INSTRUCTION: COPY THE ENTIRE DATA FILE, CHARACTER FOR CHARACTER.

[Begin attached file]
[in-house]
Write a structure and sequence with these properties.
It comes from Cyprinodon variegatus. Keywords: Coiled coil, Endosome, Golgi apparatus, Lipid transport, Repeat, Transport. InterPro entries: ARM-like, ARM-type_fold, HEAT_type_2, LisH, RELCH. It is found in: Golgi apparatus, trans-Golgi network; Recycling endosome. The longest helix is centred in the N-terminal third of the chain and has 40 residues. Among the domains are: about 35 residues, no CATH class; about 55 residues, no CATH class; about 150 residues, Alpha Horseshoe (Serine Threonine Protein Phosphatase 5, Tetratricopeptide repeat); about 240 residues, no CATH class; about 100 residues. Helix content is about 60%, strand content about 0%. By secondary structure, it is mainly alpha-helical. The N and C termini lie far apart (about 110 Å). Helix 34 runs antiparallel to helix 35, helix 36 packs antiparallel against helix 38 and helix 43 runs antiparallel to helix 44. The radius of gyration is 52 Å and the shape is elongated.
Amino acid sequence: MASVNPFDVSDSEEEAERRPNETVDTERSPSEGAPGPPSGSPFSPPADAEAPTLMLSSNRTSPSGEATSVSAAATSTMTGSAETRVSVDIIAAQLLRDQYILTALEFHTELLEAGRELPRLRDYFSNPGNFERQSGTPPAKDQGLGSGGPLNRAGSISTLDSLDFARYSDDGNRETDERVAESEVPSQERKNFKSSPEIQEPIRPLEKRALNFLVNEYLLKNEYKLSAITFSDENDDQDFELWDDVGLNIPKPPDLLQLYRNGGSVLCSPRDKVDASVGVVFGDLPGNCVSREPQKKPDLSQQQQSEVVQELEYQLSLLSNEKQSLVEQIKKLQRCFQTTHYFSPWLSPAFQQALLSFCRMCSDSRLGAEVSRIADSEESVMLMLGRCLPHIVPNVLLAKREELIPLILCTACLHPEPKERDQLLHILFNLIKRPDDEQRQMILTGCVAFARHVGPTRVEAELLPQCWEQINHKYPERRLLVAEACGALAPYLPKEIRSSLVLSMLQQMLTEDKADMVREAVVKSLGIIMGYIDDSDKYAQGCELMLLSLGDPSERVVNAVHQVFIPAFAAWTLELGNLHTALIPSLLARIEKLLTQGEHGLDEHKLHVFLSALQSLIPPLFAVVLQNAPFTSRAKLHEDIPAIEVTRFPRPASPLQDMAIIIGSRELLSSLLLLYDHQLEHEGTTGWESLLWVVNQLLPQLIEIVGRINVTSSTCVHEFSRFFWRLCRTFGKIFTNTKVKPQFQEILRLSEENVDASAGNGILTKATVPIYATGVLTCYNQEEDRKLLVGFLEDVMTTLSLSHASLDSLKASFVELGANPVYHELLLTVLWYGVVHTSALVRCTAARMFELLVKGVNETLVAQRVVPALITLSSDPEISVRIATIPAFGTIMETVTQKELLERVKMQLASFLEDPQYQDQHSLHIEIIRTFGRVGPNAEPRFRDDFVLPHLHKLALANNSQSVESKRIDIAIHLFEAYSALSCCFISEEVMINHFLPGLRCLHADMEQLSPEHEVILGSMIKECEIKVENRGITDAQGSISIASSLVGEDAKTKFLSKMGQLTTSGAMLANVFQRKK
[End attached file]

[in-house]
Write a structure and sequence with these properties.
It comes from Cyprinodon variegatus. Keywords: Coiled coil, Endosome, Golgi apparatus, Lipid transport, Repeat, Transport. InterPro entries: ARM-like, ARM-type_fold, HEAT_type_2, LisH, RELCH. It is found in: Golgi apparatus, trans-Golgi network; Recycling endosome. The longest helix is centred in the N-terminal third of the chain and has 40 residues. Among the domains are: about 35 residues, no CATH class; about 55 residues, no CATH class; about 150 residues, Alpha Horseshoe (Serine Threonine Protein Phosphatase 5, Tetratricopeptide repeat); about 240 residues, no CATH class; about 100 residues. Helix content is about 60%, strand content about 0%. By secondary structure, it is mainly alpha-helical. The N and C termini lie far apart (about 110 Å). Helix 34 runs antiparallel to helix 35, helix 36 packs antiparallel against helix 38 and helix 43 runs antiparallel to helix 44. The radius of gyration is 52 Å and the shape is elongated.
Amino acid sequence: MASVNPFDVSDSEEEAERRPNETVDTERSPSEGAPGPPSGSPFSPPADAEAPTLMLSSNRTSPSGEATSVSAAATSTMTGSAETRVSVDIIAAQLLRDQYILTALEFHTELLEAGRELPRLRDYFSNPGNFERQSGTPPAKDQGLGSGGPLNRAGSISTLDSLDFARYSDDGNRETDERVAESEVPSQERKNFKSSPEIQEPIRPLEKRALNFLVNEYLLKNEYKLSAITFSDENDDQDFELWDDVGLNIPKPPDLLQLYRNGGSVLCSPRDKVDASVGVVFGDLPGNCVSREPQKKPDLSQQQQSEVVQELEYQLSLLSNEKQSLVEQIKKLQRCFQTTHYFSPWLSPAFQQALLSFCRMCSDSRLGAEVSRIADSEESVMLMLGRCLPHIVPNVLLAKREELIPLILCTACLHPEPKERDQLLHILFNLIKRPDDEQRQMILTGCVAFARHVGPTRVEAELLPQCWEQINHKYPERRLLVAEACGALAPYLPKEIRSSLVLSMLQQMLTEDKADMVREAVVKSLGIIMGYIDDSDKYAQGCELMLLSLGDPSERVVNAVHQVFIPAFAAWTLELGNLHTALIPSLLARIEKLLTQGEHGLDEHKLHVFLSALQSLIPPLFAVVLQNAPFTSRAKLHEDIPAIEVTRFPRPASPLQDMAIIIGSRELLSSLLLLYDHQLEHEGTTGWESLLWVVNQLLPQLIEIVGRINVTSSTCVHEFSRFFWRLCRTFGKIFTNTKVKPQFQEILRLSEENVDASAGNGILTKATVPIYATGVLTCYNQEEDRKLLVGFLEDVMTTLSLSHASLDSLKASFVELGANPVYHELLLTVLWYGVVHTSALVRCTAARMFELLVKGVNETLVAQRVVPALITLSSDPEISVRIATIPAFGTIMETVTQKELLERVKMQLASFLEDPQYQDQHSLHIEIIRTFGRVGPNAEPRFRDDFVLPHLHKLALANNSQSVESKRIDIAIHLFEAYSALSCCFISEEVMINHFLPGLRCLHADMEQLSPEHEVILGSMIKECEIKVENRGITDAQGSISIASSLVGEDAKTKFLSKMGQLTTSGAMLANVFQRKK